JAMAICA — For Victoria Satlov, Bright Christmas is about both giving and receiving. For years she has been a generous donor to the Bright Christmas campaign and believes that she is the one who is receiving the true gift of being able to help those less fortunate.
Satlov is a member of Immaculate Conception Parish in Manhattan, where she currently resides, but her roots are firmly planted in Queens.
She grew up and attended St. Nicholas of Tolentine Church, Jamaica, with her family. The NYU graduate, who is a senior business analyst at First Republic Bank, attended St. Francis Prep and credits her Catholic school education with offering her a solid foundation for all her future successes.
A longtime subscriber to The Tablet, Satlov said that it allows her to keep up with what’s going on within the Diocese of Brooklyn.
“When Bright Christmas comes around, those letters that you see in The Tablet from people needing something under their Christmas tree, or helping the parishes and the schools to support various Christmas activities and toy drives for less fortunate students, there’s just so much we can do,” Satlov explained.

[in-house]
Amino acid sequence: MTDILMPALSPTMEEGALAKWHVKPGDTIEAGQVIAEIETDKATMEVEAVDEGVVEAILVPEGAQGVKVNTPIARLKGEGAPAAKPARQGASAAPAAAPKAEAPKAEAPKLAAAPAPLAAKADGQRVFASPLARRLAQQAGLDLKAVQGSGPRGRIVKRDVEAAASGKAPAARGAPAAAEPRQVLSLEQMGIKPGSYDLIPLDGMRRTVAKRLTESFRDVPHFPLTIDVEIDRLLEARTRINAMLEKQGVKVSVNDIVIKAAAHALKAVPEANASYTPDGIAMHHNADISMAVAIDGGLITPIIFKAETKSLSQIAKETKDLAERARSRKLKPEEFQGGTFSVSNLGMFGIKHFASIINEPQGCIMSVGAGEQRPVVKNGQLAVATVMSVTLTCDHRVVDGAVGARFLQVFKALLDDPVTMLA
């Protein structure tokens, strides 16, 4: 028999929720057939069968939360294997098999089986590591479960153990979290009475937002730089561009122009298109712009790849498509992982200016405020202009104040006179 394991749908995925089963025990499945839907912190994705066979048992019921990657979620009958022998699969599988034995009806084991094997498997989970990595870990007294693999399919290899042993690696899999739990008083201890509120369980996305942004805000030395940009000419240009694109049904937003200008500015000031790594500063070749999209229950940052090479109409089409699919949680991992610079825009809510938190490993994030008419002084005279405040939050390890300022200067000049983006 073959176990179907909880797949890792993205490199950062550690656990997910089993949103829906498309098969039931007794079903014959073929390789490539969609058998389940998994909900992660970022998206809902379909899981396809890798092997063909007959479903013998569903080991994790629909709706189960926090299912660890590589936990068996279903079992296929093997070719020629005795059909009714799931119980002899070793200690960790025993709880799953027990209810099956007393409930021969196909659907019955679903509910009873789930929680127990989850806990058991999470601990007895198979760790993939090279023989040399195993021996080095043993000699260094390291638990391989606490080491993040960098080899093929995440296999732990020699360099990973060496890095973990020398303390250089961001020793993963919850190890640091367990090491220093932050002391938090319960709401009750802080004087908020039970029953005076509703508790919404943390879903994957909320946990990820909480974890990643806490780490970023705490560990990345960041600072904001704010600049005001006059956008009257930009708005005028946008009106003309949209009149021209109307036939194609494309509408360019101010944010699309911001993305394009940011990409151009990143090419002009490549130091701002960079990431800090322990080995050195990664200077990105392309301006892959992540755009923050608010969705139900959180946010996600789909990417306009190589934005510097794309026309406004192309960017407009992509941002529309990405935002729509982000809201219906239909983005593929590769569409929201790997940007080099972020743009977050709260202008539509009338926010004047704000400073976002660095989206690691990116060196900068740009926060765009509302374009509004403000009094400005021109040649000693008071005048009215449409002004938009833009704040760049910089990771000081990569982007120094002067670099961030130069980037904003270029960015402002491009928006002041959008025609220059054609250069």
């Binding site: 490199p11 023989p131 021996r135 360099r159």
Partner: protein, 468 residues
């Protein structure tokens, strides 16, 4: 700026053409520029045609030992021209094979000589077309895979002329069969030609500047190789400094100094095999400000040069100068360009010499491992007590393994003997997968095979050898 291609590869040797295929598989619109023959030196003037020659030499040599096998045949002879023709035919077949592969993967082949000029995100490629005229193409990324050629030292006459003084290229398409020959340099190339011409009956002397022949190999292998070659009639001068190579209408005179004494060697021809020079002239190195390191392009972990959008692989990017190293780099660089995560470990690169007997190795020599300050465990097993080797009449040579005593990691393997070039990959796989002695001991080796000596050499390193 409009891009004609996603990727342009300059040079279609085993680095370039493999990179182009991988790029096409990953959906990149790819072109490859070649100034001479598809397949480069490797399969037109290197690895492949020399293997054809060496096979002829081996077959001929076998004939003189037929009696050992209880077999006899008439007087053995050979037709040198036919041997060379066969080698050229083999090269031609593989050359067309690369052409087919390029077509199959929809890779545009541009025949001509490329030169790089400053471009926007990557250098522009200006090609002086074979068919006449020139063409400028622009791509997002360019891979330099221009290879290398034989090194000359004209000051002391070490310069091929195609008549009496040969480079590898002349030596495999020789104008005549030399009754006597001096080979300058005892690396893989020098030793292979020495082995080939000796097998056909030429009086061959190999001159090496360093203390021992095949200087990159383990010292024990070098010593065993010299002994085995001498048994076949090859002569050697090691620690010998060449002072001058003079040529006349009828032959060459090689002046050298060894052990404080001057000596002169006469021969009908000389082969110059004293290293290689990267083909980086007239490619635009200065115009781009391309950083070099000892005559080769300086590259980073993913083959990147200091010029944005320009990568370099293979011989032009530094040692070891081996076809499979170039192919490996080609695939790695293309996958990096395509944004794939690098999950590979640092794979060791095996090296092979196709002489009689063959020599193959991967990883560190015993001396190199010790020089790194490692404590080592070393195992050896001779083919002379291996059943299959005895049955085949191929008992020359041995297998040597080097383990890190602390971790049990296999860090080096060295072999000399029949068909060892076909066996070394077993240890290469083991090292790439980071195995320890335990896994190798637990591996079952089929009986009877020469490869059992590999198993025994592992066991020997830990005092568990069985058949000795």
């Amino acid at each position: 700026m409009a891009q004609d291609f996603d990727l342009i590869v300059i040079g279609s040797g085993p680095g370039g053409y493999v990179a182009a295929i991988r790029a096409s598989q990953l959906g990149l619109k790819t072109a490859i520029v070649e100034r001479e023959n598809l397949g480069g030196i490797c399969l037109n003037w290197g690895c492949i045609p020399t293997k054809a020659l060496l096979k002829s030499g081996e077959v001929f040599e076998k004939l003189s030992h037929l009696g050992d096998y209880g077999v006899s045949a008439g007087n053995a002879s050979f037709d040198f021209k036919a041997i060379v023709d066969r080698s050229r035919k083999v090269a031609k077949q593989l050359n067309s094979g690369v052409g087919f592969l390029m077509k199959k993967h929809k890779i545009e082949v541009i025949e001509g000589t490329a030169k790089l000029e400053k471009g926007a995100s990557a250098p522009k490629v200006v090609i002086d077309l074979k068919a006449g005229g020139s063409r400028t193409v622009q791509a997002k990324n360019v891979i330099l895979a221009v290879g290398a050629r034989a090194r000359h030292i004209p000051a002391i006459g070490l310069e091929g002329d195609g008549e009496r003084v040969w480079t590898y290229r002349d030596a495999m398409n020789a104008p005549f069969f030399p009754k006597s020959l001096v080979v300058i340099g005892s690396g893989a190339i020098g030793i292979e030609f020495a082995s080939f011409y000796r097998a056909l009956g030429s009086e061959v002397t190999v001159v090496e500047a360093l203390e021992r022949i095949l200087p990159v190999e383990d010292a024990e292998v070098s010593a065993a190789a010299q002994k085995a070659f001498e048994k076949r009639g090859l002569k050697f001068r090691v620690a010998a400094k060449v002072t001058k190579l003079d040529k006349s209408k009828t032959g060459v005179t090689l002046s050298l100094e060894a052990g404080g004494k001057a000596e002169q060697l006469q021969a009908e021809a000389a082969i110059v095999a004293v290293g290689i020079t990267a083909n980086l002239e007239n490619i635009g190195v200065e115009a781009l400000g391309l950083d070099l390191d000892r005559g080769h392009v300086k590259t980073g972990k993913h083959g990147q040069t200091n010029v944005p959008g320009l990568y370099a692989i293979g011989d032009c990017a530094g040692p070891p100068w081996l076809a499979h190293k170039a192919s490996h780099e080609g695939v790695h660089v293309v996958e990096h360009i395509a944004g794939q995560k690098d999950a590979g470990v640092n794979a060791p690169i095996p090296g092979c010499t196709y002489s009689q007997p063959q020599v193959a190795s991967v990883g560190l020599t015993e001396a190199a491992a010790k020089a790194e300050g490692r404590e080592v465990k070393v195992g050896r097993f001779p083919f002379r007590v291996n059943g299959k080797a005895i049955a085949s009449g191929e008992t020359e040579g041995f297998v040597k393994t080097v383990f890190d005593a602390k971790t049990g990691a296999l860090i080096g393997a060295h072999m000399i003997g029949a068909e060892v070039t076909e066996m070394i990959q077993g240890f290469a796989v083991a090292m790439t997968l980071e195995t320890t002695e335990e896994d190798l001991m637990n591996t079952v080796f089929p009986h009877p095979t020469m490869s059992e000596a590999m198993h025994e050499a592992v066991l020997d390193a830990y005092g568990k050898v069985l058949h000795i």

“How can you not have something for a child? Imagine if you are a single parent and you can’t afford to give your kid new crayons, new notebooks, it makes no sense and breaks your heart,” she said. “Bright Christmas is a lifesaver for these children.”
With The Tablet’s 2022 Bright Christmas campaign underway, Satlov is once again supporting the tradition that has spanned more than half a century. The campaign strives to help those less fortunate and ensure that no child goes without a gift on Christmas.
Last year, Bright Christmas raised more than its goal of $115,000 for parishes and ministries, as well as religious education programs, that have requested resources they can pass along to others. This year’s goal has been set at $125,000.
Over the past decade, the campaign has received and distributed more than $1.4 million. These funds have been used to purchase Christmas presents, food, materials that teach the faith, and other necessities.
Satlov encourages others to open their hearts and wallets and give whatever they can. “In the grand scheme of things, what I give isn’t a lot, but if more people could reach into their pockets and be a little more generous, then a child who doesn’t have something can come to their parish or school hall and maybe have some hot chocolate and cookies and walk away with a present only for them.”
For Satlov, Bright Christmas transcends politics and personal beliefs.
“At the end of the day, it’s about taking care of each other,” she said. “And if we can do a better job of it without any hoopla or carrying on, and if you have a few extra dollars, somebody who is hurting could use the help.”